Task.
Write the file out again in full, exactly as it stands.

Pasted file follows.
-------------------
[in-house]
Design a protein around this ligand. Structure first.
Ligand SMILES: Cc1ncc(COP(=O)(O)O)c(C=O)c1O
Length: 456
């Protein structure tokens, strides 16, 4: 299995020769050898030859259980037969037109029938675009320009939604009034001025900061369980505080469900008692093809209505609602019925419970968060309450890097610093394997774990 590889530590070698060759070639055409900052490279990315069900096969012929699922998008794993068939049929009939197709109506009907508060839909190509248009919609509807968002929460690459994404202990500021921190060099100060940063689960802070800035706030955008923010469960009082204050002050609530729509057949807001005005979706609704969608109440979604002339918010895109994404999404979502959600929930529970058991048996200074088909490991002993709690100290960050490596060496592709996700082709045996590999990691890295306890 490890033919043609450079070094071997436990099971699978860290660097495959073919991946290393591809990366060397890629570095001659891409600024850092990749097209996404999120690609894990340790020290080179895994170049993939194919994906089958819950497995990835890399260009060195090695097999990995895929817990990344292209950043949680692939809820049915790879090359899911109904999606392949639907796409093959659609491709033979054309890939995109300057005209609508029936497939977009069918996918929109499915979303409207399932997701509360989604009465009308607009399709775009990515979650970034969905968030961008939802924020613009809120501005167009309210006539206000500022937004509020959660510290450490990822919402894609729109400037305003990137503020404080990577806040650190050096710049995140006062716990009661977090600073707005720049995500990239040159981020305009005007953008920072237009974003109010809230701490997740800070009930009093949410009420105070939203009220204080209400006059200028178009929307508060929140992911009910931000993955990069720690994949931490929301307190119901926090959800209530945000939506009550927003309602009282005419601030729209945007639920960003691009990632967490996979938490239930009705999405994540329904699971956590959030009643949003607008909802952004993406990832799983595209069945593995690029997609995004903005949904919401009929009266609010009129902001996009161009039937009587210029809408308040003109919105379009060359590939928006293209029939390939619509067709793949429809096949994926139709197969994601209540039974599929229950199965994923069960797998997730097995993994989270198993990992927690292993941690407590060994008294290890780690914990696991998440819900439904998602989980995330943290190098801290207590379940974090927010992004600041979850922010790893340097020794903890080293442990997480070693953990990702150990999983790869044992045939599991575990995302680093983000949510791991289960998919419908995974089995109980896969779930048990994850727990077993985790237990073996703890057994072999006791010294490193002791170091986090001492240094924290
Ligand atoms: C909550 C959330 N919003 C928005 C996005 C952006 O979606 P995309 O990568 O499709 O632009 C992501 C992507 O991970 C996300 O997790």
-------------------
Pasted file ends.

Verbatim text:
[in-house]
Design a protein around this ligand. Structure first.
Ligand SMILES: Cc1ncc(COP(=O)(O)O)c(C=O)c1O
Length: 456
């Protein structure tokens, strides 16, 4: 299995020769050898030859259980037969037109029938675009320009939604009034001025900061369980505080469900008692093809209505609602019925419970968060309450890097610093394997774990 590889530590070698060759070639055409900052490279990315069900096969012929699922998008794993068939049929009939197709109506009907508060839909190509248009919609509807968002929460690459994404202990500021921190060099100060940063689960802070800035706030955008923010469960009082204050002050609530729509057949807001005005979706609704969608109440979604002339918010895109994404999404979502959600929930529970058991048996200074088909490991002993709690100290960050490596060496592709996700082709045996590999990691890295306890 490890033919043609450079070094071997436990099971699978860290660097495959073919991946290393591809990366060397890629570095001659891409600024850092990749097209996404999120690609894990340790020290080179895994170049993939194919994906089958819950497995990835890399260009060195090695097999990995895929817990990344292209950043949680692939809820049915790879090359899911109904999606392949639907796409093959659609491709033979054309890939995109300057005209609508029936497939977009069918996918929109499915979303409207399932997701509360989604009465009308607009399709775009990515979650970034969905968030961008939802924020613009809120501005167009309210006539206000500022937004509020959660510290450490990822919402894609729109400037305003990137503020404080990577806040650190050096710049995140006062716990009661977090600073707005720049995500990239040159981020305009005007953008920072237009974003109010809230701490997740800070009930009093949410009420105070939203009220204080209400006059200028178009929307508060929140992911009910931000993955990069720690994949931490929301307190119901926090959800209530945000939506009550927003309602009282005419601030729209945007639920960003691009990632967490996979938490239930009705999405994540329904699971956590959030009643949003607008909802952004993406990832799983595209069945593995690029997609995004903005949904919401009929009266609010009129902001996009161009039937009587210029809408308040003109919105379009060359590939928006293209029939390939619509067709793949429809096949994926139709197969994601209540039974599929229950199965994923069960797998997730097995993994989270198993990992927690292993941690407590060994008294290890780690914990696991998440819900439904998602989980995330943290190098801290207590379940974090927010992004600041979850922010790893340097020794903890080293442990997480070693953990990702150990999983790869044992045939599991575990995302680093983000949510791991289960998919419908995974089995109980896969779930048990994850727990077993985790237990073996703890057994072999006791010294490193002791170091986090001492240094924290
Ligand atoms: C909550 C959330 N919003 C928005 C996005 C952006 O979606 P995309 O990568 O499709 O632009 C992501 C992507 O991970 C996300 O997790």